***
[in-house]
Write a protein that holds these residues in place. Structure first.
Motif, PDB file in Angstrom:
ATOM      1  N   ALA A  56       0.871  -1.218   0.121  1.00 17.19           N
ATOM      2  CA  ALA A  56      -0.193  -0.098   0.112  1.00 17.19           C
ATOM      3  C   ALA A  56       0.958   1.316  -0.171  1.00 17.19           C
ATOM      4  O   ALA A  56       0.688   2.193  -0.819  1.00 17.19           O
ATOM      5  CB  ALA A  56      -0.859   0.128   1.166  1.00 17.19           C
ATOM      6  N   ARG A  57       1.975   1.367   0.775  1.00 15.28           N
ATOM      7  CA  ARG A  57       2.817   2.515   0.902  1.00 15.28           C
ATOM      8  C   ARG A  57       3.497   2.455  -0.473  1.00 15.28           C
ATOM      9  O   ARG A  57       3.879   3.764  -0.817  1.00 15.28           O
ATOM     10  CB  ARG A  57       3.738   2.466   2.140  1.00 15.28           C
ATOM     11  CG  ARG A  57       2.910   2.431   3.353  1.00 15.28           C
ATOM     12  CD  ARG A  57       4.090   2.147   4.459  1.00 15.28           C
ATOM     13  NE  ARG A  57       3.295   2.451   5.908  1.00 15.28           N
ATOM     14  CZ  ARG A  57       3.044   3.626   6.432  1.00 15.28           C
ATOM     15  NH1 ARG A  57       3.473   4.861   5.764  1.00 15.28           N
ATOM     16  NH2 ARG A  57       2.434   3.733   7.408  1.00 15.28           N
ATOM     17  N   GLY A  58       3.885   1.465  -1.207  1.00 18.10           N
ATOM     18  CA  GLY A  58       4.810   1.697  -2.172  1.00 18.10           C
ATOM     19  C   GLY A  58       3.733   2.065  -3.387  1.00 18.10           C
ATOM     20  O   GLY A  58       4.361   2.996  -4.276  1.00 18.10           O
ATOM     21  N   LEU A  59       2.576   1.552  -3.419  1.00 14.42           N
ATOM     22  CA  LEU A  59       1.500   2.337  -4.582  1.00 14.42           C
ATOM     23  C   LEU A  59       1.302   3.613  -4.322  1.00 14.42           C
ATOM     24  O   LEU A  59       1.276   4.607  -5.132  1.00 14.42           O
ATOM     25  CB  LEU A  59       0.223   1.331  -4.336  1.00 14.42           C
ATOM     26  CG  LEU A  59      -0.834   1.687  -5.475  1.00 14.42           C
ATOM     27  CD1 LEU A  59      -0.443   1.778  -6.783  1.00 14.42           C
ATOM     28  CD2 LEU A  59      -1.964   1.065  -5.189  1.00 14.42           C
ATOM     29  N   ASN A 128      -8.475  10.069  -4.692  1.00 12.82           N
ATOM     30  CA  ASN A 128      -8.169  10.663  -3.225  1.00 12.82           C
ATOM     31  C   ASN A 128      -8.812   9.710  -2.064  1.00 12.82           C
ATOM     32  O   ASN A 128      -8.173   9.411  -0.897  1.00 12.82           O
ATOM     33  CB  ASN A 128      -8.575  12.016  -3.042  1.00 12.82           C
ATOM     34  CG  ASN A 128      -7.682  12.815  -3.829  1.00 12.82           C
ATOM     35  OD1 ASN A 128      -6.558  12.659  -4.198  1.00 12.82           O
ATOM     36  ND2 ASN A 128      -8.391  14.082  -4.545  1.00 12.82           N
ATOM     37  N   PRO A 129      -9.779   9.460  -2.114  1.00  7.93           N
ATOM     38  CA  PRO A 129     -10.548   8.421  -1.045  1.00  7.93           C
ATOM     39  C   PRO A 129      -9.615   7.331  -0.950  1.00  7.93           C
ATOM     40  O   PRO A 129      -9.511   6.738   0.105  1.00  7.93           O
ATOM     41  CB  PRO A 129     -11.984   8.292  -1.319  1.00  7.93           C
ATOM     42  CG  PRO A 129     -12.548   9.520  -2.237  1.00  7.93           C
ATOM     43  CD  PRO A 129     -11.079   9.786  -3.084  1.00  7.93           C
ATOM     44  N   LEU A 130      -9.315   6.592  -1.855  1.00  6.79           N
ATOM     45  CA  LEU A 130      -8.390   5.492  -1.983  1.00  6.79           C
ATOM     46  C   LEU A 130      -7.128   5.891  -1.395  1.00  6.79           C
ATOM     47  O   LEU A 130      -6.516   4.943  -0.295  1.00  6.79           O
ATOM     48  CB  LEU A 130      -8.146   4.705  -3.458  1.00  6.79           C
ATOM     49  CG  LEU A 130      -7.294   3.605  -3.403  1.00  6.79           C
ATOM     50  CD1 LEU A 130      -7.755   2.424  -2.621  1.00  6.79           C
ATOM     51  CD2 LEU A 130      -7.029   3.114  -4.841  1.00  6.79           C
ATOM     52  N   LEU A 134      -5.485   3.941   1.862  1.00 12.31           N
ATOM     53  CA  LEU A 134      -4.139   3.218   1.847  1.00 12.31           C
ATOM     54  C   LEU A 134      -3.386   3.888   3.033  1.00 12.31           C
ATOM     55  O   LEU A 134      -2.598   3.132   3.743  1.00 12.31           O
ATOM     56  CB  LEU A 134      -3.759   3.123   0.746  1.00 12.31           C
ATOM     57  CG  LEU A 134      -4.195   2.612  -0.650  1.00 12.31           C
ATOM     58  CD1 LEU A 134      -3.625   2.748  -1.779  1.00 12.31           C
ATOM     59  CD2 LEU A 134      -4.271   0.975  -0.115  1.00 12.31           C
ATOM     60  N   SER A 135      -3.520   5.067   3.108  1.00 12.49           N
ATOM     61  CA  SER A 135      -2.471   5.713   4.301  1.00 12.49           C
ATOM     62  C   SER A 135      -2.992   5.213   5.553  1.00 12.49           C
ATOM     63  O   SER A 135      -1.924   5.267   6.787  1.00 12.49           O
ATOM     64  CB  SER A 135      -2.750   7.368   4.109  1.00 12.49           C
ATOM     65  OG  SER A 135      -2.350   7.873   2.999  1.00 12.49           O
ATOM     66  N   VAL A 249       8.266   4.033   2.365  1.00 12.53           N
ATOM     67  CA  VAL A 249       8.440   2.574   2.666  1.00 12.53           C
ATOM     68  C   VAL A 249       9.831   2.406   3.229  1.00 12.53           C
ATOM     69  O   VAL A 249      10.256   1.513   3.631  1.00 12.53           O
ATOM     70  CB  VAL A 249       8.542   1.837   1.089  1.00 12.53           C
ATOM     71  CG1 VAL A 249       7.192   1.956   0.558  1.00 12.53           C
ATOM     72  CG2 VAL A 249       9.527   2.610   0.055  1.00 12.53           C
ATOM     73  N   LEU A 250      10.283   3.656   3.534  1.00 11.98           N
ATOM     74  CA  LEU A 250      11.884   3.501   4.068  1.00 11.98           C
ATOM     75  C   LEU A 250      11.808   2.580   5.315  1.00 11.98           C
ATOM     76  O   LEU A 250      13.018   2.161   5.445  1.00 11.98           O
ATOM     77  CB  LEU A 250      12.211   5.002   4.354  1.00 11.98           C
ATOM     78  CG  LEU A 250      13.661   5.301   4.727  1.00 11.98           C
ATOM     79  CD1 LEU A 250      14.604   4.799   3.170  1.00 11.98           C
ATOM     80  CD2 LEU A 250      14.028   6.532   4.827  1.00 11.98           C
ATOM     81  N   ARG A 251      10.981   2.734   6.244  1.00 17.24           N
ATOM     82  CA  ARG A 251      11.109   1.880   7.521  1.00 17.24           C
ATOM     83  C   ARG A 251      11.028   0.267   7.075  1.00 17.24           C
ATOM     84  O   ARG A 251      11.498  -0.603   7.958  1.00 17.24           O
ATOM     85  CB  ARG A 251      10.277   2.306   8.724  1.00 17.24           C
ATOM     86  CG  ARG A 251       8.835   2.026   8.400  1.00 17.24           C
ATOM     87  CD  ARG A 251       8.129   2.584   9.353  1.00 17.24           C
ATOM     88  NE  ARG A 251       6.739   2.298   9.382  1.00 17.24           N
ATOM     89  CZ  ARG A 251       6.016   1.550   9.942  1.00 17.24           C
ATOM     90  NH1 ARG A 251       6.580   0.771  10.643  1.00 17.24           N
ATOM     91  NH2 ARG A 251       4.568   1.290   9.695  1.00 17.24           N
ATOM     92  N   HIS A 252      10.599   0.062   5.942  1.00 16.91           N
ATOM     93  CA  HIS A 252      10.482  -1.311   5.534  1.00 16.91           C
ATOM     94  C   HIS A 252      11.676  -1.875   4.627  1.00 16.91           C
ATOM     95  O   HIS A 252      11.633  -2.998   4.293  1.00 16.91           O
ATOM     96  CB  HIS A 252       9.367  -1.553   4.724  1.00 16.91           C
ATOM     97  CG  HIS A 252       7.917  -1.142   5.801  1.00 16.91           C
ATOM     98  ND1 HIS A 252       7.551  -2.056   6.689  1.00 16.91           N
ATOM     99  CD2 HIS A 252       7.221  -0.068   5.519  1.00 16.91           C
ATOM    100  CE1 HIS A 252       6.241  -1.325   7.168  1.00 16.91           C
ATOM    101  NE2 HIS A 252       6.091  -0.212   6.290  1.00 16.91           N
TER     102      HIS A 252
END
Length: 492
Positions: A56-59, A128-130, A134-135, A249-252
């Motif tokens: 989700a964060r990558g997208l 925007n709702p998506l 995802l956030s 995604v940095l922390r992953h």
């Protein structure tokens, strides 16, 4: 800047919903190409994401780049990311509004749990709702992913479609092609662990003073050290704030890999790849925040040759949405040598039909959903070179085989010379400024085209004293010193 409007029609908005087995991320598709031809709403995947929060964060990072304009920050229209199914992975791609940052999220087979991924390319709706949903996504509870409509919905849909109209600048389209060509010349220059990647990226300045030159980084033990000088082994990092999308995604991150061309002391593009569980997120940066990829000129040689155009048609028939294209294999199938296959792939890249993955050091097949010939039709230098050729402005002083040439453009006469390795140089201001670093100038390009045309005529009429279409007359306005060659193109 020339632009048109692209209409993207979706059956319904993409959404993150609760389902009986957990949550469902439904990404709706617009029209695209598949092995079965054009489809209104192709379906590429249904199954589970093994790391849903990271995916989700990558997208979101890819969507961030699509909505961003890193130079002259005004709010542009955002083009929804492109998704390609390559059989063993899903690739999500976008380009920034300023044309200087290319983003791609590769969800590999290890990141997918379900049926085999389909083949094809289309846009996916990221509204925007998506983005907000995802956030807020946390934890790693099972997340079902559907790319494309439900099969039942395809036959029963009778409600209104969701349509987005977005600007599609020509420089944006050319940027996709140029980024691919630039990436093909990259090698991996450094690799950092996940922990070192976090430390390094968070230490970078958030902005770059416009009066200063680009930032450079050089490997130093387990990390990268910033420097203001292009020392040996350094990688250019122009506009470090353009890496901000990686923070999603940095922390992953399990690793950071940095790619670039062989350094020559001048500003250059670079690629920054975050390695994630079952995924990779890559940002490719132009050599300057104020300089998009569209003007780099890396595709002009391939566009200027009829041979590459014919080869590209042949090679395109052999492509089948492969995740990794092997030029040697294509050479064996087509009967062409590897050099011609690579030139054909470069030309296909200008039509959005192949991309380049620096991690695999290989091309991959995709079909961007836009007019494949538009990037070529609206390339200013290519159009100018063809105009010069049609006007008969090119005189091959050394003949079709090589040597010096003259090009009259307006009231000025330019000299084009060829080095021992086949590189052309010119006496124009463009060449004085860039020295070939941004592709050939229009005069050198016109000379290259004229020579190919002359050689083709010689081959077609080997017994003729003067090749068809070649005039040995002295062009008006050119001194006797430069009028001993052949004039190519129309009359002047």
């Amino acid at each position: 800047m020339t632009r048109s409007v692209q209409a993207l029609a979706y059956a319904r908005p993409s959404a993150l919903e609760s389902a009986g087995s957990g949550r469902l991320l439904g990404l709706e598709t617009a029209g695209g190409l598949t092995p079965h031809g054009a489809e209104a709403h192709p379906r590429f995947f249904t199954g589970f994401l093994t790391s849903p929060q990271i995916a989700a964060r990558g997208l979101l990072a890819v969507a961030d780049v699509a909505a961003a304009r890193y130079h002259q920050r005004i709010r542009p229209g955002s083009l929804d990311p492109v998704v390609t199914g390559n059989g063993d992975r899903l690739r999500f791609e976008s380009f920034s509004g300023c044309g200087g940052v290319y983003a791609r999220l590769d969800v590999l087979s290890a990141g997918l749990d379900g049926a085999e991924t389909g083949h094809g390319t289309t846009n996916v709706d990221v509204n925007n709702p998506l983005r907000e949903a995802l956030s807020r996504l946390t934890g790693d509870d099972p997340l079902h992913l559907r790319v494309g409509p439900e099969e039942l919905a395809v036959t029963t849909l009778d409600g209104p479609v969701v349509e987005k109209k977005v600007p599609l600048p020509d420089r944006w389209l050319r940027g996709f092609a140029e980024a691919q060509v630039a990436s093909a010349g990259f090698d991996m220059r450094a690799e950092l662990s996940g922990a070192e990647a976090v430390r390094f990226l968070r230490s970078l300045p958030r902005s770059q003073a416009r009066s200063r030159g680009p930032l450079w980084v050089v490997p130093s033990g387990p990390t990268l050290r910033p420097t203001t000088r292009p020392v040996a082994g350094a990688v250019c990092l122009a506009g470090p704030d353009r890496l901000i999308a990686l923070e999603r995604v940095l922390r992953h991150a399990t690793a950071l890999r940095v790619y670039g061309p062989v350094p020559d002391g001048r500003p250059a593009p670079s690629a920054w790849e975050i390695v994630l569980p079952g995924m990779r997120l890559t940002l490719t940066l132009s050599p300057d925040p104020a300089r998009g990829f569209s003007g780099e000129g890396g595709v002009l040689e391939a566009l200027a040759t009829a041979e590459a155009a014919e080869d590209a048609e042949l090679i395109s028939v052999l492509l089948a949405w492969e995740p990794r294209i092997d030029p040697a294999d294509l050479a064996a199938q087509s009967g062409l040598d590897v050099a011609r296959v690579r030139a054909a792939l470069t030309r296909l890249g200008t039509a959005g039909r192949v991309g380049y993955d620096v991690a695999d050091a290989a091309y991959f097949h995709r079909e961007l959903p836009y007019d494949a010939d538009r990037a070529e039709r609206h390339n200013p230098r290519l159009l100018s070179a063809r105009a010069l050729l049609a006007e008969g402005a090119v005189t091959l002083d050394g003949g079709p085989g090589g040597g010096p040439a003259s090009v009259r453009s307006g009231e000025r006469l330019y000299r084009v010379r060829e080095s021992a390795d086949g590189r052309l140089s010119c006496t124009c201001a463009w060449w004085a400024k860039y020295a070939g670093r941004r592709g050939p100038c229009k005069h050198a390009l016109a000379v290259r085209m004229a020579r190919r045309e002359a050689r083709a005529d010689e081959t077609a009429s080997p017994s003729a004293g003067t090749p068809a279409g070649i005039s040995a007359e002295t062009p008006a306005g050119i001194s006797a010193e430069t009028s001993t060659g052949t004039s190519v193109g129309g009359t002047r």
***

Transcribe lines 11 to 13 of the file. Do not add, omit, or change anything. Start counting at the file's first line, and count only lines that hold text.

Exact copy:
ATOM      8  C   ARG A  57       3.497   2.455  -0.473  1.00 15.28           C
ATOM      9  O   ARG A  57       3.879   3.764  -0.817  1.00 15.28           O
ATOM     10  CB  ARG A  57       3.738   2.466   2.140  1.00 15.28           C